About The Sinulog Festival
- Pages: 3
- Word count: 626
- Category: Festival Philippines
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The Sinulog festival is one of the grandest and most colorful festivals in the Philippines with a very rich history. The main festival is held each year on the third Sunday of January in Cebu City to honor the Santo Niño, or the child Jesus, who used to be the patron saint of the whole province of Cebu (since in the Catholic faith Jesus is not a saint, but God). It is essentially a dance ritual which remembers the Filipino people’s pagan past and their acceptance of Christianity. The festival features some the country’s most colorful displays of pomp and pageantry: participants garbed in bright-colored costumes dance to the rhythm of drums, trumpets, and native gongs. The streets are usually lined with vendors and pedestrians all wanting to witness the street-dancing. Smaller versions of the festival are also held in various parts of the province, also to celebrate and honor the Santo Niño. There is also a Sinulog sa Kabataan, which is performed by the youths of Cebu a week before the Grand Parade. Sinulog is a dance ritual in honor of the miraculous image of the Santo Nino.
The dance moves to the sound of the drums and this resembles the current (Sinulog) of what was then known as Cebu’s Pahina River. Thus, in Cebuano, they say it’s Sinulog.More than just the meaning of the word is the significance of the dance. Historians now say that Sinulog, which is of pagan origin, is the link between the country’s pagan past and its Christian present. Let’s trace its history. Historical accounts say that before Portuguese navigator Ferdinand Magellan came to Cebu on April 7, 1521 to plant the cross on its shore and claim the country for the King of Spain, Sinulog was already danced by the natives in honor of their wooden idols and anitos. Then Magellan came and introduced Christianity. He gave the Santo Nino (image of the Child Jesus) as baptismal gift to Hara Amihan, wife of Cebu’s Rajah Humabon who was later named Queen Juana. At that time, not only the rulers were baptized but also about 800 of their subjects.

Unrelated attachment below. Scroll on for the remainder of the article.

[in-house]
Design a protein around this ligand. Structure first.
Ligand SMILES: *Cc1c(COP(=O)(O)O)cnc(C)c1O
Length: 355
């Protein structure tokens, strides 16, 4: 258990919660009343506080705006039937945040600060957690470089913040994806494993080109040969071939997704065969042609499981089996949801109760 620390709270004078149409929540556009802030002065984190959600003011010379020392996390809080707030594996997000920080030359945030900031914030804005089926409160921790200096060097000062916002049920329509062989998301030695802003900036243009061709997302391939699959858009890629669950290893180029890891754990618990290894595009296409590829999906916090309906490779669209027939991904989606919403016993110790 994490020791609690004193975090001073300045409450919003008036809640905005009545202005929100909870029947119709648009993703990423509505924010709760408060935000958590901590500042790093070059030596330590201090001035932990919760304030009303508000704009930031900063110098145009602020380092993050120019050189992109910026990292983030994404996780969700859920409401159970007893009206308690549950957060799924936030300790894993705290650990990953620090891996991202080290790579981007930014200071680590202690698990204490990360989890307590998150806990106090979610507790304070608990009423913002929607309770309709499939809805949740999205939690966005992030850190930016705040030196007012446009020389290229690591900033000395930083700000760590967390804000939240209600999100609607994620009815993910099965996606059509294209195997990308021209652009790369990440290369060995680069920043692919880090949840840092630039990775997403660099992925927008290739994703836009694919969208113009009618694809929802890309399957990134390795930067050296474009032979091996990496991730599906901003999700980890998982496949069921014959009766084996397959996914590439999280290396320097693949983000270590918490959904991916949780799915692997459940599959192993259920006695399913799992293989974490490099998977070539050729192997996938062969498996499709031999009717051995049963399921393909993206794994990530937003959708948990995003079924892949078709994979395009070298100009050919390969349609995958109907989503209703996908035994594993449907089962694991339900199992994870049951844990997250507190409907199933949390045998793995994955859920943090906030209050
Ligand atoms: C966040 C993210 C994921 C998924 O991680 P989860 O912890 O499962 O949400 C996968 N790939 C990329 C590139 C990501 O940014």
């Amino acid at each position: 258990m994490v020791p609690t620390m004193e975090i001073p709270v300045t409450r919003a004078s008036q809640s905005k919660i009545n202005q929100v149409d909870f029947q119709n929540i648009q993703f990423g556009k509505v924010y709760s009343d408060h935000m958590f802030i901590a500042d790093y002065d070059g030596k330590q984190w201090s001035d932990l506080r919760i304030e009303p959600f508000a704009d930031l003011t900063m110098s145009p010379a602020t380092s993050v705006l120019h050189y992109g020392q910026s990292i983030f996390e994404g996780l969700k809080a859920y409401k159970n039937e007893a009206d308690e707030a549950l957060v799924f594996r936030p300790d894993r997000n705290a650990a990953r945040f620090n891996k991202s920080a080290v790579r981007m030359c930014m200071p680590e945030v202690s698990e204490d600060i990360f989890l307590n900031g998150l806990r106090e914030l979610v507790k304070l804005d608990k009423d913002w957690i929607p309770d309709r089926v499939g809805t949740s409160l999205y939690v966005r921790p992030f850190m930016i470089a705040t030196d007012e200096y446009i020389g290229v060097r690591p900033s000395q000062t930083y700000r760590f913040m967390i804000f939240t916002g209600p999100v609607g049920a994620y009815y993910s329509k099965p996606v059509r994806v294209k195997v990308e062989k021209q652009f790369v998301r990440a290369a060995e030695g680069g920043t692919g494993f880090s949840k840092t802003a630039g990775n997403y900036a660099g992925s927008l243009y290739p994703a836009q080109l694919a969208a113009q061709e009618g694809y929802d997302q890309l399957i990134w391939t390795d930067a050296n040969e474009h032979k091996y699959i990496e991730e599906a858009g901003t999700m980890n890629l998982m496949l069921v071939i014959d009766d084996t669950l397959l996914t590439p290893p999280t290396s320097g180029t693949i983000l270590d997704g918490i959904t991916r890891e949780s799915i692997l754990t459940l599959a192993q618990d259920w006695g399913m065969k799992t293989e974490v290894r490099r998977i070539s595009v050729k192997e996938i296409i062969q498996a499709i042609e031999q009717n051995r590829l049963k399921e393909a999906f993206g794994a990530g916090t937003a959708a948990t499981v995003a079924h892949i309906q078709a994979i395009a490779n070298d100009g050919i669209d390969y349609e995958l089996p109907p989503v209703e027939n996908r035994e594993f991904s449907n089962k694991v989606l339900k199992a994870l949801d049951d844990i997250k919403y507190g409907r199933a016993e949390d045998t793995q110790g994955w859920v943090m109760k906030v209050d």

Unfortunately, however, shortly after the conversion, Magellan went into a reckless adventure by fighting the reigning ruler of Mactan, Rajah Lapulapu, with only a handful of men. He died in the encounter. That was on April 27, 1521. The remnants of Magellan’s men were however able to return to Spain to report the incident and the possibility of conquest. It took 44 years before a new group came and started the formal Christianization of the islands. Miguel Lopez de Legaspi arrived in Cebu on April 28, 1565. His ships bombarded the village and in one of the burning huts, one of his soldiers named Juan Camus found inside a wooden box the image of the Santo Nino lying side by side with native idols. Historians now say that during the 44 years between the coming of Magellan and Legaspi, the natives continued to dance the Sinulog.
This time however, they danced it no longer to worship their native idols but a sign of reverence to the Santo Nino which is now enshrined at the San Agustin Church ( renamed Basilica Minore del Santo Nino). Of course, through the years since 1521, the dance was a small ritual danced by a few in front of wooden idols or before the Santo Nino. In fact, at the Santo Nino Church where the image is consecrated, only the candle vendors could be seen dancing the Sinulog and making offerings. During the Santo Nino fiesta which falls on the third Sunday of January, children dressed moro-moro costumes also dance the Sinulog. This was really no big event for Cebu City.